Gorgeous Images of Killer Whales from Above

NOAA, Vancouver Aquarium
NOAA, Vancouver Aquarium / NOAA, Vancouver Aquarium

Scientists have deployed all kinds of technology to study wildlife, from satellite tags and collars to field cameras. Now, a new test has shown that they could use unmanned aerial vehicles (UAVs) to study wildlife populations, too. For the first time, scientists from NOAA Fisheries and the Vancouver Aquarium used a camera-equipped UAV to take gorgeous, straight-down photos of northern resident killer whales, animals that swim in the waters near Vancouver Island, British Columbia. Their paper was recently published in the Journal of Unmanned Vehicles.

You can tell a lot about a whale from a photo. From this photo, for example, scientists were able to determine that the top female "appears skinny and in poor condition," while the female in the middle appears healthy. The whale at the bottom of the photo is pregnant—you can tell because her body bulges near the ribcage. Photo credit: NOAA, Vancouver Aquarium

They flew a hexacopter UAV (named for its six rotor blades) about 100 feet above the whales so they wouldn’t notice its presence. When whales were in the frame, the pilot used a remote link to trigger the capture of still images on the camera's flash memory. The UAV was equipped with both a high-resolution digital camera—which provided enough detail that the scientists could distinguish between the unique markings on individual whales—and a pressure altimeter, which told them the exact altitude of the UAV. Combining this information with the focal length of the camera lens allowed them to calculate the size of objects to an accuracy of 5 centimeters.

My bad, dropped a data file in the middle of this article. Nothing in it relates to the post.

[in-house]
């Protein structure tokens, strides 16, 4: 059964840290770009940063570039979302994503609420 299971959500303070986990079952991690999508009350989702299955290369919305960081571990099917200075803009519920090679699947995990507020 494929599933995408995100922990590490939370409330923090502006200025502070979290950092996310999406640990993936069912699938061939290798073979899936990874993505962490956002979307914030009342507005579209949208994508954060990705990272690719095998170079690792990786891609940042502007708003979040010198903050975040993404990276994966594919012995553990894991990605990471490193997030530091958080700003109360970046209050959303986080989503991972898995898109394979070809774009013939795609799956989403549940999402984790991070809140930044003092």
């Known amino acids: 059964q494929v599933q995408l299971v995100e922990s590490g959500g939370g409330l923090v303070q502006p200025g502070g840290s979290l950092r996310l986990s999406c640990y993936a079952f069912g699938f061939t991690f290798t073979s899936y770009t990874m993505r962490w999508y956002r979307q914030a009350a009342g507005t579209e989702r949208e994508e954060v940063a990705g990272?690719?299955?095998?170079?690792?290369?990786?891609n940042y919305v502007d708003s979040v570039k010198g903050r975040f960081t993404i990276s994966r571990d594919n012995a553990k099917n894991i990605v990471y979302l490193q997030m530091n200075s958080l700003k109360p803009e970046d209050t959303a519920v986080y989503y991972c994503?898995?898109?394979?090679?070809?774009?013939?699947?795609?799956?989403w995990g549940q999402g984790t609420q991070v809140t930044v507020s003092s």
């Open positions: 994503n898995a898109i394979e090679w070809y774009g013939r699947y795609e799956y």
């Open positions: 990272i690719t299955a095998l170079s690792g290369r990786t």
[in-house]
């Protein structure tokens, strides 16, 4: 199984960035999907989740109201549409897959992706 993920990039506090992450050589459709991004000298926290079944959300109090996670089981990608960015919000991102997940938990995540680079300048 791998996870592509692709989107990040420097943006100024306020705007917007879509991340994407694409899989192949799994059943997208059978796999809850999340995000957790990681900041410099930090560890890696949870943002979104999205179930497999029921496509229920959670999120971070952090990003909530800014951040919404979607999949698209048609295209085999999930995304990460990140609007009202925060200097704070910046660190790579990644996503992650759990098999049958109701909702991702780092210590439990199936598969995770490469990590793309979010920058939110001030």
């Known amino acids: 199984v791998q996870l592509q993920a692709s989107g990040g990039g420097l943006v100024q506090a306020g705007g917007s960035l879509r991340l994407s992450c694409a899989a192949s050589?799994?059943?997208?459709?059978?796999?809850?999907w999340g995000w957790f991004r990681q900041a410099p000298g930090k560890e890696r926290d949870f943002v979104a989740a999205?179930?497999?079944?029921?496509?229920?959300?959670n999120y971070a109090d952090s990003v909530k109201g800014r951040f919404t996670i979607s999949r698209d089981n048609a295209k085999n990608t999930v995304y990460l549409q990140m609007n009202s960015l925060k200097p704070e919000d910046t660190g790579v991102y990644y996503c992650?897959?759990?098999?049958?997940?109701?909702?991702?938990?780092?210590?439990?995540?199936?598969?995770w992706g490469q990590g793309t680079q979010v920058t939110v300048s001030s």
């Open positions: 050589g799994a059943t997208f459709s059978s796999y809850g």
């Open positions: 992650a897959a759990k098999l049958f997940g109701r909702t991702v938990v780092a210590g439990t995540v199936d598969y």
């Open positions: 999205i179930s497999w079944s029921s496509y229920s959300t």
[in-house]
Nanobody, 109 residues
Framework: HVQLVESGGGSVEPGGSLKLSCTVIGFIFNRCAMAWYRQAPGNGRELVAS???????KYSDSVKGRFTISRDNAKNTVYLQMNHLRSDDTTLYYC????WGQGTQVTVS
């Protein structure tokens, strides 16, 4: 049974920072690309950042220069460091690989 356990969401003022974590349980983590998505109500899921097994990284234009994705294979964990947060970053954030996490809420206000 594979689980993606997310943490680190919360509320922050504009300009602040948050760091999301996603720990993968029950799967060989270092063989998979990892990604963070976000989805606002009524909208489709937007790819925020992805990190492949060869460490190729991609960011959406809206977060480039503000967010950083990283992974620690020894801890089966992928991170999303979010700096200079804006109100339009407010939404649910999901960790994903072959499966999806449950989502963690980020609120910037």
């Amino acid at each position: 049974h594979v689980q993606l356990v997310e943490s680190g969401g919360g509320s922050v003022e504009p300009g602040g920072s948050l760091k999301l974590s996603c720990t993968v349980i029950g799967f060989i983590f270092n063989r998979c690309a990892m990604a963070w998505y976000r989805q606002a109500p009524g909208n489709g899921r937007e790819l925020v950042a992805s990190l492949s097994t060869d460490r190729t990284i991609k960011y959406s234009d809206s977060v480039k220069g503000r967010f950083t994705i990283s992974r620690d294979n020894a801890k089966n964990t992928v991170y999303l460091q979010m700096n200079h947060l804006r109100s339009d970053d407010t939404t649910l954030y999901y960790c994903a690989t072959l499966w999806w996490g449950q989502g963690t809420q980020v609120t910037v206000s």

Photo credit: NOAA, Vancouver Aquarium

“Because the image resolution is so great,” John Durban, a marine mammal ecologist with NOAA Fisheries, said, “we can monitor very small changes in an animal’s condition from year to year,” Durban said.

The UAV flew a total of 60 successful missions last year, snapping photographs that aren't just beautiful, but useful too, allowing scientists to “make very precise measurements from them,” Durban said. “We can’t put a whale on a scale, but we can use aerial images to analyze their body condition—basically, how fat or skinny they are.”

By examining the photos, scientists can figure out (among other things) if the whales are eating enough; these northern whales, which are categorized as threatened under Canada’s Species At Risk Act, eat mostly Chinook salmon. The dwindling numbers of Chinook could be adversely affecting the whale population.

Photo credit: NOAA, Vancouver Aquarium

Scientists have used manned aircraft to do this sort of thing for decades, but UAVs provide a number of benefits: They're less expensive to fly, can take off from small vessels, and are much quieter than manned planes, allowing scientists to observe the whales without bothering them.

Two killer whales playfully butt heads. Photo credit: NOAA, Vancouver Aquarium

Researchers conduct a summer census annually to determine how many whales have died. "But mortality is a pretty coarse measure of how well the population is doing because the problem, if there is one, has already occurred," Durban said on the NOAA Fisheries blog. The UAV, however, "can give us a more sensitive measure that we might be able to respond to before whales die."